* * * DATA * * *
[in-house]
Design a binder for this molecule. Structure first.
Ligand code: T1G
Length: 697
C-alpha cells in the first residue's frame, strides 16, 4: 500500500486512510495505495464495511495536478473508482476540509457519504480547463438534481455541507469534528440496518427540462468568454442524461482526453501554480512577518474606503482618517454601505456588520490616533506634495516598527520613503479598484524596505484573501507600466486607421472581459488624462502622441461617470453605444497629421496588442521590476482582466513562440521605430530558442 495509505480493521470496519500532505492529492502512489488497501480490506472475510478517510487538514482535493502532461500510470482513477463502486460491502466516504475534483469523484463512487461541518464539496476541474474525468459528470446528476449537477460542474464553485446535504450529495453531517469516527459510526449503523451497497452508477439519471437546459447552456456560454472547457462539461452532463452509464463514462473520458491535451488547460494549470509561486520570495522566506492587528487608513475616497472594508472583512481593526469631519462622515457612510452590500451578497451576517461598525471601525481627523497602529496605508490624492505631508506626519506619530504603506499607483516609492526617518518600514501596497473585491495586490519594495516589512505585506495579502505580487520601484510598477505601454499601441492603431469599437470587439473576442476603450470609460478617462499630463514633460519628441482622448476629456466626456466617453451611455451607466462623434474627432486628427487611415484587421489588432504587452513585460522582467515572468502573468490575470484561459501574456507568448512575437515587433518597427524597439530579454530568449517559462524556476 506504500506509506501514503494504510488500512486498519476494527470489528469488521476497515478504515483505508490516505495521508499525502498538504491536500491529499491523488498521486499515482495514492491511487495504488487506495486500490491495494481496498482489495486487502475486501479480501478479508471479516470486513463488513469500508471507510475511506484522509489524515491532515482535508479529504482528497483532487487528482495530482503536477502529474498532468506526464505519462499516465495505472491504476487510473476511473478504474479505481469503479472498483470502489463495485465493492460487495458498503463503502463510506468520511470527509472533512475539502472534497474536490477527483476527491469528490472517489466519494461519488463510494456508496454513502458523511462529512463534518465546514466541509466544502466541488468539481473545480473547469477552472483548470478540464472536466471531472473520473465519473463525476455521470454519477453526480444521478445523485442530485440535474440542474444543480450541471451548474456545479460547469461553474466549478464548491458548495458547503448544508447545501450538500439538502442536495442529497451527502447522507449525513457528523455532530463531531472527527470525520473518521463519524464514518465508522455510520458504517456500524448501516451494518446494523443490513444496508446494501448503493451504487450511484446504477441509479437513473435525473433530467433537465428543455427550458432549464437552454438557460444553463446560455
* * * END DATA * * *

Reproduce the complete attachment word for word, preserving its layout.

[in-house]
Design a binder for this molecule. Structure first.
Ligand code: T1G
Length: 697
C-alpha cells in the first residue's frame, strides 16, 4: 500500500486512510495505495464495511495536478473508482476540509457519504480547463438534481455541507469534528440496518427540462468568454442524461482526453501554480512577518474606503482618517454601505456588520490616533506634495516598527520613503479598484524596505484573501507600466486607421472581459488624462502622441461617470453605444497629421496588442521590476482582466513562440521605430530558442 495509505480493521470496519500532505492529492502512489488497501480490506472475510478517510487538514482535493502532461500510470482513477463502486460491502466516504475534483469523484463512487461541518464539496476541474474525468459528470446528476449537477460542474464553485446535504450529495453531517469516527459510526449503523451497497452508477439519471437546459447552456456560454472547457462539461452532463452509464463514462473520458491535451488547460494549470509561486520570495522566506492587528487608513475616497472594508472583512481593526469631519462622515457612510452590500451578497451576517461598525471601525481627523497602529496605508490624492505631508506626519506619530504603506499607483516609492526617518518600514501596497473585491495586490519594495516589512505585506495579502505580487520601484510598477505601454499601441492603431469599437470587439473576442476603450470609460478617462499630463514633460519628441482622448476629456466626456466617453451611455451607466462623434474627432486628427487611415484587421489588432504587452513585460522582467515572468502573468490575470484561459501574456507568448512575437515587433518597427524597439530579454530568449517559462524556476 506504500506509506501514503494504510488500512486498519476494527470489528469488521476497515478504515483505508490516505495521508499525502498538504491536500491529499491523488498521486499515482495514492491511487495504488487506495486500490491495494481496498482489495486487502475486501479480501478479508471479516470486513463488513469500508471507510475511506484522509489524515491532515482535508479529504482528497483532487487528482495530482503536477502529474498532468506526464505519462499516465495505472491504476487510473476511473478504474479505481469503479472498483470502489463495485465493492460487495458498503463503502463510506468520511470527509472533512475539502472534497474536490477527483476527491469528490472517489466519494461519488463510494456508496454513502458523511462529512463534518465546514466541509466544502466541488468539481473545480473547469477552472483548470478540464472536466471531472473520473465519473463525476455521470454519477453526480444521478445523485442530485440535474440542474444543480450541471451548474456545479460547469461553474466549478464548491458548495458547503448544508447545501450538500439538502442536495442529497451527502447522507449525513457528523455532530463531531472527527470525520473518521463519524464514518465508522455510520458504517456500524448501516451494518446494523443490513444496508446494501448503493451504487450511484446504477441509479437513473435525473433530467433537465428543455427550458432549464437552454438557460444553463446560455